Friday, December 01, 2017

Tour 28A, 1930s

In the 1930s, the Works Progress Administration published a series of books designed to document our country's history and culture. The Federal Writers’ Project collaborated to produce The WPA Guide to North Carolina: The Tar Heel State.  Part III includes more than three dozen Tours of North Carolina. This is the entry for Tour 28A:

"Atlantic-Cedar Island-Portsmouth-Ocracoke; mail or chartered passenger boat. 30m.

"Daily mail boat, 25 passengers, leaves Atlantic 1 p.m., stops at Cedar Island and Portsmouth, arrives at Ocracoke, 5 p.m.; return trip leaves Ocracoke 7 a.m., arrives Atlantic 11 a.m. One-way fare to Portsmouth, $1.25; to Ocracoke, $1.50. Limited accommodations.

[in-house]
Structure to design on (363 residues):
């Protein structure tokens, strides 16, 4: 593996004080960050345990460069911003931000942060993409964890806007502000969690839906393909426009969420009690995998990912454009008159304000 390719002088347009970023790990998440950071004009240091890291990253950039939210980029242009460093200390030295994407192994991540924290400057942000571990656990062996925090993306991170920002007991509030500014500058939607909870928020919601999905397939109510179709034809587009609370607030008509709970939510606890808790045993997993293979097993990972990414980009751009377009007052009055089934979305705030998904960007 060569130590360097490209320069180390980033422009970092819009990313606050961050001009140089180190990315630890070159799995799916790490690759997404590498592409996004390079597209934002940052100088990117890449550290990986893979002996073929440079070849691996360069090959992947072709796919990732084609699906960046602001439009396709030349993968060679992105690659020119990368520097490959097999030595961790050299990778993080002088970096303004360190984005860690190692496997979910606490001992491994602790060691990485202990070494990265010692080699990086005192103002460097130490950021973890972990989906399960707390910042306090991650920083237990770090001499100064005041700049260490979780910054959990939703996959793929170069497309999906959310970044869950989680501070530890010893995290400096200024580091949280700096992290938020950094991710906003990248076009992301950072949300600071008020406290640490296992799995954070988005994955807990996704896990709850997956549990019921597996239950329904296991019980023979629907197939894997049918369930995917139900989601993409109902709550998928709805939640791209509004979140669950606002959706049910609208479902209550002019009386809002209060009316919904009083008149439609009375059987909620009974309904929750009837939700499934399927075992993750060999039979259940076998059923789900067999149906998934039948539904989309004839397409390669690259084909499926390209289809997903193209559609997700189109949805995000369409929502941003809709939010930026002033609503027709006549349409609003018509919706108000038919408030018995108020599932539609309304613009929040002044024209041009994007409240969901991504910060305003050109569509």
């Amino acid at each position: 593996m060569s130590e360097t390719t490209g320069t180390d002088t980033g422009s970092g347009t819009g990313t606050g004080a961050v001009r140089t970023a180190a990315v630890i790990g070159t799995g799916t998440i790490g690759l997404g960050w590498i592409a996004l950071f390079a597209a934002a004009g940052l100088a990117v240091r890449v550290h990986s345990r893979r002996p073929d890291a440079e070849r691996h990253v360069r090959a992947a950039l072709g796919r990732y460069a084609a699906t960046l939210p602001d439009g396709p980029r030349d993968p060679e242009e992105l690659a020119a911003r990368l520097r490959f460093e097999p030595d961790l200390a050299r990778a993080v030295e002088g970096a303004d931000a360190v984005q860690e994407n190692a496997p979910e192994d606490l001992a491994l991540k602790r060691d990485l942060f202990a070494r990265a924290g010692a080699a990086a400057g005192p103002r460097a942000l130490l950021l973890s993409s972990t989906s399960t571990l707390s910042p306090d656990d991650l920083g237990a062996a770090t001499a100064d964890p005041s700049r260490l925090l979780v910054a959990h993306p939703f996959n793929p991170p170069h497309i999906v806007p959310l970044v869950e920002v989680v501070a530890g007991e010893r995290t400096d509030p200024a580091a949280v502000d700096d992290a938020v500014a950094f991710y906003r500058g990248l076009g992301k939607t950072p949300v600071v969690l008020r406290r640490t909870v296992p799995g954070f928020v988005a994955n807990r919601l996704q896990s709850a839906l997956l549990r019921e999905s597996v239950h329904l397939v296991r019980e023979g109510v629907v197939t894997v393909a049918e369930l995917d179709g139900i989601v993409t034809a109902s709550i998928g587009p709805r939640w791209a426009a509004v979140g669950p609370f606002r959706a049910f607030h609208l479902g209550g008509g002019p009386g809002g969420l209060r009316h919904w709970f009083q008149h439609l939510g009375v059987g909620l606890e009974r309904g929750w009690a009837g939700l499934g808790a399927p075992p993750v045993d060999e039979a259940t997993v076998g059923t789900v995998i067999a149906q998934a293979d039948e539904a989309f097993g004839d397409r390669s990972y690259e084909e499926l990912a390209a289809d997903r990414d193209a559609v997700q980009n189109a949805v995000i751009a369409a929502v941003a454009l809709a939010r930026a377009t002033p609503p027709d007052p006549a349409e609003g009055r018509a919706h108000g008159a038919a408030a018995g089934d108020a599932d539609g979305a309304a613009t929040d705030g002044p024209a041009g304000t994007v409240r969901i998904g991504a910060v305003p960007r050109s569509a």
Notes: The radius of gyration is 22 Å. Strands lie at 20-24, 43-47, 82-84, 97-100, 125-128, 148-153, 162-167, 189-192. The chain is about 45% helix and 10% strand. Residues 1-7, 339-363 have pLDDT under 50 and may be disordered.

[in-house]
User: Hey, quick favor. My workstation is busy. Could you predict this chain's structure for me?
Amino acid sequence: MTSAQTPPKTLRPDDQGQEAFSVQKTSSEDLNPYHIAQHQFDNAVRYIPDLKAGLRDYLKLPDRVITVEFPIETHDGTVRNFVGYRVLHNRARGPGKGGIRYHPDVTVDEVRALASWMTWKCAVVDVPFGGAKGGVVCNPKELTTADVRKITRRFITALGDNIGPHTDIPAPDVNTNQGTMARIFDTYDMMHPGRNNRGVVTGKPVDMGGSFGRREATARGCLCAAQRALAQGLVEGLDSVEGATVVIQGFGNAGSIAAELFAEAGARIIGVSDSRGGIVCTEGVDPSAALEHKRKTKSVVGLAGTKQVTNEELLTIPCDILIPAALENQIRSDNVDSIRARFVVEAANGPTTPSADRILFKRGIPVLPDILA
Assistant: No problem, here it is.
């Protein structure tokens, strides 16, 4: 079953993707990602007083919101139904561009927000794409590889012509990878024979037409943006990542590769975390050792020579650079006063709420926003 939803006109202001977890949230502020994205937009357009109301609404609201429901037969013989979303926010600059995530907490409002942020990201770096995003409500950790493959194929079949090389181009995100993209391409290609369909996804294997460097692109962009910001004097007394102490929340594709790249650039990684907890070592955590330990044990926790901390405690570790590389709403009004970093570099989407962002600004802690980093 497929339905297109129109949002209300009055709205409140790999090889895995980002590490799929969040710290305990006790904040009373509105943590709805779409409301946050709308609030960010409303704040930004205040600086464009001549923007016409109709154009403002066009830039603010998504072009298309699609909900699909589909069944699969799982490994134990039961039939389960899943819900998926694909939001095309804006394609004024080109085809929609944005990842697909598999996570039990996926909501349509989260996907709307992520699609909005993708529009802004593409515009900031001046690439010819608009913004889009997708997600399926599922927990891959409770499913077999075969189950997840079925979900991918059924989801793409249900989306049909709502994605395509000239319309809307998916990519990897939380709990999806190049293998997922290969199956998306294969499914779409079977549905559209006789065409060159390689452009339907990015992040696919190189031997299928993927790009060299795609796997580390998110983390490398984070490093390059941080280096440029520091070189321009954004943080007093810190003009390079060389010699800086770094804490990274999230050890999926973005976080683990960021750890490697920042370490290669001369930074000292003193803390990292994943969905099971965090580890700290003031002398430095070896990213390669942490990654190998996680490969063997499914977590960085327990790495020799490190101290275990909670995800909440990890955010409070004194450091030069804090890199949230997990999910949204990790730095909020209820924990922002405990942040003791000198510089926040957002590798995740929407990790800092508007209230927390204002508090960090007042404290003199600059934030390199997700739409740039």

"This boat trip proceeds north through parts of Core and Pamlico sounds. Boatmen hold to the channel to avoid shallow bars and fish weirs. Sharks sometimes invade the waters through the inlets, lured by the abundant game fish."

Mail Boat Aleta

Eighty years later visitors are still coming to Ocracoke via Cedar Island, but now by car ferry. The runs are more frequent, the fare is still reasonable, and game fish continue to be abundant.  Accommodations are definitely more numerous.

This month's Ocracoke Newsletter is my analysis of a sentence penned by surveyor Jonathan Price in 1795. The sentence reads, "Occacock was heretofore, and still retains the name of, an island. It is now a peninsula; a heap of sand having gradually filled up the space which divided it from the bank."  You can read my analysis here:

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